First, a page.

After recapping the conference, Mitone added that she really wanted to bring back the Bingo games we used to enjoy in our club.  Many remembered that, and Mitone suggested adding them into a social or holding a Bingo night as a fun community activity. According to her research, the HMB Brewing Company has a successful weekly trivia night, and Cameron’s Inn has an open mic night; there’s nothing on Mondays, so maybe there’s an opportunity for us? Mia needs activities, she laughed  … 

Susan Kealey recalled that Senior Coastsiders may still have Bingo equipment. We could do it there, though Mitone suggested Bingo games in a cool place, open to all ages, for which Mitone would look around. Warren suggested the game room at Blue Ocean Brewing, and Mitone suggested checking out the Brewing Company’s Trivia Night in their bar full of people. Rotary Bingo would be fun: Mitone has details of trivia, Bingo and other fun activities like a wheel you could spin to win a new car (read: a Hot Wheels)!!! There’s also a Grab Bag with prizes. Mitone mentioned the fun, fellowship, camaraderie and visibility in the community in events like this. We’re always fundraising – this could be FunRaising.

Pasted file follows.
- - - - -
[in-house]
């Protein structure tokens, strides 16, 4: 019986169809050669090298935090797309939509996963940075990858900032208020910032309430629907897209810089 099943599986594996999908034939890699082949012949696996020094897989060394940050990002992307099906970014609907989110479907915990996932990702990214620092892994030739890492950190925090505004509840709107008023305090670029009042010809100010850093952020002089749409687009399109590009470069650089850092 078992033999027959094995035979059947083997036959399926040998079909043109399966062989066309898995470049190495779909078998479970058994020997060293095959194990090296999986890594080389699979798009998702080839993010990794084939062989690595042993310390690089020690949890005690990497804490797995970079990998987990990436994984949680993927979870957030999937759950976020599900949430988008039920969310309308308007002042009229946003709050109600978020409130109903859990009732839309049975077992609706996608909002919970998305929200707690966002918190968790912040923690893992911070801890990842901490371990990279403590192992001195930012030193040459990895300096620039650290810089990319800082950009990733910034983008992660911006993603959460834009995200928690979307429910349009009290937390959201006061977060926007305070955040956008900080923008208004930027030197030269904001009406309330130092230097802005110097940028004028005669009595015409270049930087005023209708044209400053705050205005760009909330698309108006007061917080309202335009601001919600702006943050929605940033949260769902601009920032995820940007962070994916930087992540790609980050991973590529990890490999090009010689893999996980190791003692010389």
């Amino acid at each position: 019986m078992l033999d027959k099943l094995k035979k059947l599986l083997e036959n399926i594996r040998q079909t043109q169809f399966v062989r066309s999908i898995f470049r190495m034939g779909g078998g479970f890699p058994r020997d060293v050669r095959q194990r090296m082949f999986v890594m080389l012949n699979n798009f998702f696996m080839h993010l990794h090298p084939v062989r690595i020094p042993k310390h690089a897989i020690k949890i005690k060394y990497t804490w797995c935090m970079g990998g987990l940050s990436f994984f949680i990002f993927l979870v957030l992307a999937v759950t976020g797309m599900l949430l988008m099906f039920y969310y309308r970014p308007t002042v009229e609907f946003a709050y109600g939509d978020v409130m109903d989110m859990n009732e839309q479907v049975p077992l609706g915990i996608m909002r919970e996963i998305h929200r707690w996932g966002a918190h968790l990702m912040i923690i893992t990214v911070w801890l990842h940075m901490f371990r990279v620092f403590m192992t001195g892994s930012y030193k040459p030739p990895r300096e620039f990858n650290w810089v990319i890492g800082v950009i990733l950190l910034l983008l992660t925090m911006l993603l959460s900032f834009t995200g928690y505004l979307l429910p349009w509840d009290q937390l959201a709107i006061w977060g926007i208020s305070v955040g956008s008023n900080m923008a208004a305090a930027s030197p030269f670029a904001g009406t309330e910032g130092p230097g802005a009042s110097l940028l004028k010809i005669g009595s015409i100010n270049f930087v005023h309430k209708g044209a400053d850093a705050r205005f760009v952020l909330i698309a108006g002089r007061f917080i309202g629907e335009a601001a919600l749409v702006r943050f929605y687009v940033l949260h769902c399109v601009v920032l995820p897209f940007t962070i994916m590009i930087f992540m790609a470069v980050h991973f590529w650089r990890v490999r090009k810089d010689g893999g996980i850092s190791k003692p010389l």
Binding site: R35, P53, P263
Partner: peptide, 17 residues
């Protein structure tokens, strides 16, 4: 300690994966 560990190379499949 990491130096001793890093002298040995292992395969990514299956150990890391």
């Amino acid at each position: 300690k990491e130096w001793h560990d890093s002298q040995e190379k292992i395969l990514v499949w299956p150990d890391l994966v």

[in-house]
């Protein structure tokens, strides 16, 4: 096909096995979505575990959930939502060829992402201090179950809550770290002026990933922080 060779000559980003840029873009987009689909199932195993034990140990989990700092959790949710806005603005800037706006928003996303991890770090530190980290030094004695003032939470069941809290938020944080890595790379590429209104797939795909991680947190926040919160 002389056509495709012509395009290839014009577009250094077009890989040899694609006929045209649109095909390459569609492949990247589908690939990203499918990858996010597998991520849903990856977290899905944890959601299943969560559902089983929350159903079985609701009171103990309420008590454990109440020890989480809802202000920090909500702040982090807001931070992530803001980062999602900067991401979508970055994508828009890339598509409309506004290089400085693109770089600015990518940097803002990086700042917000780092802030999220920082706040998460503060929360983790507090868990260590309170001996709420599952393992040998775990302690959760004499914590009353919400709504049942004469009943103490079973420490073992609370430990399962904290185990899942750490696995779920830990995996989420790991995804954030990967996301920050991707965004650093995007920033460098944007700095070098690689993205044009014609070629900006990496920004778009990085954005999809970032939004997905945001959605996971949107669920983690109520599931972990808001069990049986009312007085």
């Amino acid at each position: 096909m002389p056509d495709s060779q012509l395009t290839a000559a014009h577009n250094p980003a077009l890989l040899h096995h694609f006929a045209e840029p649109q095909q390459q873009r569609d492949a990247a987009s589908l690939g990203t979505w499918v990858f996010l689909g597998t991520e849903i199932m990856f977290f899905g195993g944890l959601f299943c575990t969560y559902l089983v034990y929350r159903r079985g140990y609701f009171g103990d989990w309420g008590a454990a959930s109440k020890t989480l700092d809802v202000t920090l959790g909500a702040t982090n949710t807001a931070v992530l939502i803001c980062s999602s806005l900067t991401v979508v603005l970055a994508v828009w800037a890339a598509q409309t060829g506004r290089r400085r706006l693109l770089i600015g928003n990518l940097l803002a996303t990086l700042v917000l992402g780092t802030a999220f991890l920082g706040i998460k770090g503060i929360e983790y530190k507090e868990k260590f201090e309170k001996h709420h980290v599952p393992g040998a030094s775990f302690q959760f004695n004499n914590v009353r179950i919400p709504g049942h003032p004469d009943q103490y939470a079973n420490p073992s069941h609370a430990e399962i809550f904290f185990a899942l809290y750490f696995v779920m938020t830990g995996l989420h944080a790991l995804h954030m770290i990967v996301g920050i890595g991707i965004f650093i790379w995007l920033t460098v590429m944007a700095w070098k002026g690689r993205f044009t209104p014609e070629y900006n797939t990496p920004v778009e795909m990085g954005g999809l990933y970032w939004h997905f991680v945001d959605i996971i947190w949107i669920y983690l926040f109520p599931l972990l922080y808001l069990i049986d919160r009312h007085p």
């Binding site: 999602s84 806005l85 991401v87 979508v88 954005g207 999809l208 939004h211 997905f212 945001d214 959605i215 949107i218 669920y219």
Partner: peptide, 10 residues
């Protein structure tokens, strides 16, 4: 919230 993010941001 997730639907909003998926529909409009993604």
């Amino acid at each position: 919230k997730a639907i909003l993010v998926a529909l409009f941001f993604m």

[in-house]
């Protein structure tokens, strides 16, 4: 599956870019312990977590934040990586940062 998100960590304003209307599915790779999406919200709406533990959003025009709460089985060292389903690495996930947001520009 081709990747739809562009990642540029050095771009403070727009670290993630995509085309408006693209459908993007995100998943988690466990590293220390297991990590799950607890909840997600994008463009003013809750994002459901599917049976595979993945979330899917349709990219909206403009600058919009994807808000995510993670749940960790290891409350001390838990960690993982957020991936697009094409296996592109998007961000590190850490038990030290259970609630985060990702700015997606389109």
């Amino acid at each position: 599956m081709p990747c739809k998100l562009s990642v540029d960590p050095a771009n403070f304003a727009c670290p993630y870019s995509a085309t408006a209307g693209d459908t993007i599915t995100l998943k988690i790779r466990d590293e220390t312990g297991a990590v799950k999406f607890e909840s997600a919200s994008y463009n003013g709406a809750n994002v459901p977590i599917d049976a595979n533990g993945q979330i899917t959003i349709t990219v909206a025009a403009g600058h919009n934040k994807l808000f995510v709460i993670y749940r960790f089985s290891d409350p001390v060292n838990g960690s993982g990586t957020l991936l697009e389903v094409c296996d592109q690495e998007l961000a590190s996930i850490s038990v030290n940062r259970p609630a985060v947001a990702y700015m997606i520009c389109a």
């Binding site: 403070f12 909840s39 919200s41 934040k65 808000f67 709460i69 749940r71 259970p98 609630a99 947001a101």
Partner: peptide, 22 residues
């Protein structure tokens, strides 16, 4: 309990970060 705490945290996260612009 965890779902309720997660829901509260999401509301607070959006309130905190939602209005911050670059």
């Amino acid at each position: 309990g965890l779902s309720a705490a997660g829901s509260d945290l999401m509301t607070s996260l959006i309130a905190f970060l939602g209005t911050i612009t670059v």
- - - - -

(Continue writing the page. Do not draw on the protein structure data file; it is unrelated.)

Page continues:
John Evans asked if Mitone could give insight into what’s involved in being a District Governor.  So she described the path to becoming a DG: She was club President in 2013-14, with a focus on membership. She got involved with Shelter Box and then decided she could be more effective as an Assistant Governor, for a couple of years. Then she was tapped for the Chief of Staff position under Sue Rokaw in 2020. Occasionally she was asked to apply for the District Governor position, but she didn’t want to do that until Ayla was out of high school, since it’s so time-intensive. Once you’re selected, you have a year of training as a DG Nominee, which means more club visits to observe; and then training in how to bring clubs together to increase membership or promote awareness of the Rotary Foundation. Then she started to build her team.